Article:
Irene Monroe: The treatment of “otherness” I experienced from my years of being bussed, I learned had less to do with the people targeted, like myself, and everything to do with the group in power.
Rev. Irene Monroe: “The Stonewall turbulence started on the backs of working-class African American and Latinx queers who patronized the bar. Those brown and black LGBTQ people are not only absent from the photos of that night, but they have been bleached from its written history.”
Rev. Irene Monroe: For this 50th anniversary of Stonewall I hope images of Marsha P. Johnson and Sylvia Rivera will be on display.
Irene Monroe: Colorism is a topic that cannot be explored enough since bleaching creams are still being sold in drugstores across the country and natural hair in many circles—professional and social—are still frowned upon.
Rev. Irene Monroe: Morehouse, however, has come a long way on GBTQ issues, because the college has had its share of GBTQ-phobic incidents.
Irene Monroe: When news broke that three historically African American Baptist churches have burned within ten days in rural Louisiana’s St. Landry Parish, sadly, the horror was all too familiar.
Irene Mornoe: The UMC continues to be contradictory in its policies concerning LGBTQ worshippers, and the church’s contentious views reared their ugly head at the 2016 meeting of global delegates.
Rev. Irene Monroe: Because of the GOP’s continued aversion to diversity — people of color, LGBTs, immigrants, and Muslims, to name a few — the tribe has become an aging White nostalgic throwback of Jim Crow days.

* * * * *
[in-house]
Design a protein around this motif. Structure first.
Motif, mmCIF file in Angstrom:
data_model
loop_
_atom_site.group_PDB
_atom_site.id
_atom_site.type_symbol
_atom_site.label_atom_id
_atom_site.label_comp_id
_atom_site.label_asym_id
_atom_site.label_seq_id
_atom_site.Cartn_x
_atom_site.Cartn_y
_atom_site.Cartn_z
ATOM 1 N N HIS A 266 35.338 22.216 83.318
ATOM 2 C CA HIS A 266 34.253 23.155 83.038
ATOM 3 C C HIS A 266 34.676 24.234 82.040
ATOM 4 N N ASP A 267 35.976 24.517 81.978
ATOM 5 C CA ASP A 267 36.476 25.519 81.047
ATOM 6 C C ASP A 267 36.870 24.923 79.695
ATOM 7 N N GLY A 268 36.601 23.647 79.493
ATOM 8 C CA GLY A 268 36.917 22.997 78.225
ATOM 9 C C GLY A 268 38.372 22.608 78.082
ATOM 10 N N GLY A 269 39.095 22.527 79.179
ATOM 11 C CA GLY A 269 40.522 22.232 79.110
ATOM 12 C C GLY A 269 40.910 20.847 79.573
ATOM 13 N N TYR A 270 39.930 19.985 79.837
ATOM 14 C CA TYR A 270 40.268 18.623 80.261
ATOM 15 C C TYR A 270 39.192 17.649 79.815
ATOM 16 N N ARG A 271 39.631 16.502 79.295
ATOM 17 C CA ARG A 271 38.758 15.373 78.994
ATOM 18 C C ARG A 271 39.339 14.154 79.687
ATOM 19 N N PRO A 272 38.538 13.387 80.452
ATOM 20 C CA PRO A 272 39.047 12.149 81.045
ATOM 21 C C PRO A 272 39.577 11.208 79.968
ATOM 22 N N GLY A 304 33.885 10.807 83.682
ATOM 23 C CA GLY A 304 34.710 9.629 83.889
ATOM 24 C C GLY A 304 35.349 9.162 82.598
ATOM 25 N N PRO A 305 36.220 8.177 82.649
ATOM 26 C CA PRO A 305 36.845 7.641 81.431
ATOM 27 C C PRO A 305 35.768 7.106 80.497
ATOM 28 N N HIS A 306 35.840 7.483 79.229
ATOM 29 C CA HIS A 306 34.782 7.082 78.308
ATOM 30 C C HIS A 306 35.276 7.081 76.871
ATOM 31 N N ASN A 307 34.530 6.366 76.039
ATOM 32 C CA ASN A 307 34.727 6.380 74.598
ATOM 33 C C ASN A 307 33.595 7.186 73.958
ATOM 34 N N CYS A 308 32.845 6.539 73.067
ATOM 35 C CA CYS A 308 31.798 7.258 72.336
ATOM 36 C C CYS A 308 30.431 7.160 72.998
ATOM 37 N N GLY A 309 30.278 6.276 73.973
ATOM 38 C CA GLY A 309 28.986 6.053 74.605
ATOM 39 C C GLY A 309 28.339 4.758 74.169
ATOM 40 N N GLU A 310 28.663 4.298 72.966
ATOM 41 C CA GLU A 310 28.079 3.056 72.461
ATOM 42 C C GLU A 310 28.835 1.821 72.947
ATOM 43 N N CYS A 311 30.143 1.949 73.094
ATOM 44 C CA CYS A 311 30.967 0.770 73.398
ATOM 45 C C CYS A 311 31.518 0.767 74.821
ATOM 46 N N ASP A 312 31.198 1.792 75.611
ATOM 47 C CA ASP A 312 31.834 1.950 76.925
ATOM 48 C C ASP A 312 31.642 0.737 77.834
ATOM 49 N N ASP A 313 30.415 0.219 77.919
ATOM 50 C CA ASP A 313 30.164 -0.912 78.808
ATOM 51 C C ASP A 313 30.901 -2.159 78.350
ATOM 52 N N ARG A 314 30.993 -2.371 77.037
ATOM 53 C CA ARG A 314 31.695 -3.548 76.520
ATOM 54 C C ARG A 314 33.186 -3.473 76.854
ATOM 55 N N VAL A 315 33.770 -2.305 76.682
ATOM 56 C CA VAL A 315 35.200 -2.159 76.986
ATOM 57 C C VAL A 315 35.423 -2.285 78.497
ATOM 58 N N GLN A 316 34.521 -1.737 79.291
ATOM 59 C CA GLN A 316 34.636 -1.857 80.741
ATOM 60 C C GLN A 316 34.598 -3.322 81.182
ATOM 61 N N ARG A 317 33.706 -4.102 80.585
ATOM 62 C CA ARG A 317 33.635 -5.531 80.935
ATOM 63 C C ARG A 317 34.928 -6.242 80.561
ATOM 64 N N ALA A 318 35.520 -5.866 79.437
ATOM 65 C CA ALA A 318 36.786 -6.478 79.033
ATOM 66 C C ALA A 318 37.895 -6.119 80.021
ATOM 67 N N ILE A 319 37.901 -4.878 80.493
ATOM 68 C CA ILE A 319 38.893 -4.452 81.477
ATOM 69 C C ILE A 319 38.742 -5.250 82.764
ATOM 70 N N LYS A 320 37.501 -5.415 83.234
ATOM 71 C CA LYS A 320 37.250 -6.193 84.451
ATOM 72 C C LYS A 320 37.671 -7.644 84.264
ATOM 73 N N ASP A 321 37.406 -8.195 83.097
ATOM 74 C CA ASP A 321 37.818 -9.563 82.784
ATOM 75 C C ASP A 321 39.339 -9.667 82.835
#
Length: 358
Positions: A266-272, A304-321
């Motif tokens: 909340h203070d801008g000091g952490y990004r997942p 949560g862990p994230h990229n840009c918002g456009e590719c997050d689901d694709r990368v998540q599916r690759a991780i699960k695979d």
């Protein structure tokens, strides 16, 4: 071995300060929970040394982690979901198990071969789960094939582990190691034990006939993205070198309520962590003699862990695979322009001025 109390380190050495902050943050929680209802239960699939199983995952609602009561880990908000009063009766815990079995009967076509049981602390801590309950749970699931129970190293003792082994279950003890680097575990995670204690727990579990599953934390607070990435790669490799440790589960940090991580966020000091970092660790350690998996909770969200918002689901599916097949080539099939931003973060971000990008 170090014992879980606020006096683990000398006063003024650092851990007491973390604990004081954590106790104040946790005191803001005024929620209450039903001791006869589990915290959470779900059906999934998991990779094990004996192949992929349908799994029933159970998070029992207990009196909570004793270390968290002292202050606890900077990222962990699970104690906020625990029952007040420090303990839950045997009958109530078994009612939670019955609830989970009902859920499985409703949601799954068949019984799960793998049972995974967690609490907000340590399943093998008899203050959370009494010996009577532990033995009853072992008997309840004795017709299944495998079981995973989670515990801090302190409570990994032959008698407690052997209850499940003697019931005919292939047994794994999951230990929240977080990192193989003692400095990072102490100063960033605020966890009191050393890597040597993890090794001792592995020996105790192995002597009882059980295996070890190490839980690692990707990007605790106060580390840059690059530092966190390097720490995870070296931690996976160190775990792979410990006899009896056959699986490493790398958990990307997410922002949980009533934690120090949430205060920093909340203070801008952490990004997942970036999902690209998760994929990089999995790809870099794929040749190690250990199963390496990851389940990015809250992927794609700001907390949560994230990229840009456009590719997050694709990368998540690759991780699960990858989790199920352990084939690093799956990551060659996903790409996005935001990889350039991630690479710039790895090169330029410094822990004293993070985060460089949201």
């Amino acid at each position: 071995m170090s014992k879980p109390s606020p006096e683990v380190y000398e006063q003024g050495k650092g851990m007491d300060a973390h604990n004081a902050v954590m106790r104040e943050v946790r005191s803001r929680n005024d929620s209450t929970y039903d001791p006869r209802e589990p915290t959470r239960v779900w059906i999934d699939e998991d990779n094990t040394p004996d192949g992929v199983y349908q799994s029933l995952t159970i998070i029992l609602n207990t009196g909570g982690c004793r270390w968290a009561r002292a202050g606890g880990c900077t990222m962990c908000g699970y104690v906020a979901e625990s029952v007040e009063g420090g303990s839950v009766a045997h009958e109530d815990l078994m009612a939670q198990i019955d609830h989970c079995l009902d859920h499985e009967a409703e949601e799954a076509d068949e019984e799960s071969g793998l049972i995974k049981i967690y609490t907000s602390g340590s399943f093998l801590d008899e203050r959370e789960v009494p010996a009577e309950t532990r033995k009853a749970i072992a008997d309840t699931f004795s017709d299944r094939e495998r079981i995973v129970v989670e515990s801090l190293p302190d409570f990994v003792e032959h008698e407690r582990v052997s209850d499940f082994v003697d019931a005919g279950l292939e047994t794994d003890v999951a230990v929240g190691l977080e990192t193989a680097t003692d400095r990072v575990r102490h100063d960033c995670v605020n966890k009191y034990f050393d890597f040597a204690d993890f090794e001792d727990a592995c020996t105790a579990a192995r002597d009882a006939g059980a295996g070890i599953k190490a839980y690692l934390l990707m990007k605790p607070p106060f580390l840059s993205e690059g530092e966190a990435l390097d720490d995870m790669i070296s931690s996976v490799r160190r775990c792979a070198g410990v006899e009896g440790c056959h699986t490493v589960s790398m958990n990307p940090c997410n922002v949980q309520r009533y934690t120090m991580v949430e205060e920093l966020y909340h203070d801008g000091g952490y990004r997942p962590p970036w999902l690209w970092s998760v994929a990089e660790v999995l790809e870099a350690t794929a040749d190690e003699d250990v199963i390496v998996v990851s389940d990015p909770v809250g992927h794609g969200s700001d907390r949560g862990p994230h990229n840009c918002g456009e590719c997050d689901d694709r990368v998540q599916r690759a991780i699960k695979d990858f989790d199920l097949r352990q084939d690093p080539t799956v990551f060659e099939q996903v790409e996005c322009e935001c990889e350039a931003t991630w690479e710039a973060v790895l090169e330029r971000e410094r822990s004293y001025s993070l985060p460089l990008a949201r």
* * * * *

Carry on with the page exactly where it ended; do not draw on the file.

Irene Monroe: Jane Doe recalled an incident where “male guards forced her to stand, cuffed and naked for 30 minutes, in front of the open door to her cell, exposing her body to at least a dozen male prisoners who gawked and made crude sexual remarks about her breasts.”
Irene Monroe: If Trump had his way, he would militarily eradicate transgender people from existence. Tuesday, Trump’s Supreme Court delivered his wish in supporting the exclusion of transgender men and women.
Irene Monroe: Her message of self-empowerment to women—young and old—spoke a truth across generations, centering it as the theme for the evening.
Irene Monroe: With forty years since the Jonestown massacre, a more disturbing image of the Revered Jim Jones’s treatment toward his LGBTQ parishioners emerges.
Rev. Irene Monroe: Is it possible that my “gaydar” is off about “Sesame Street”? Perhaps. But hasn’t “Sesame Street” over the years, in a tongue-in-cheek fashion, winked and nodded to the LGBTQ community?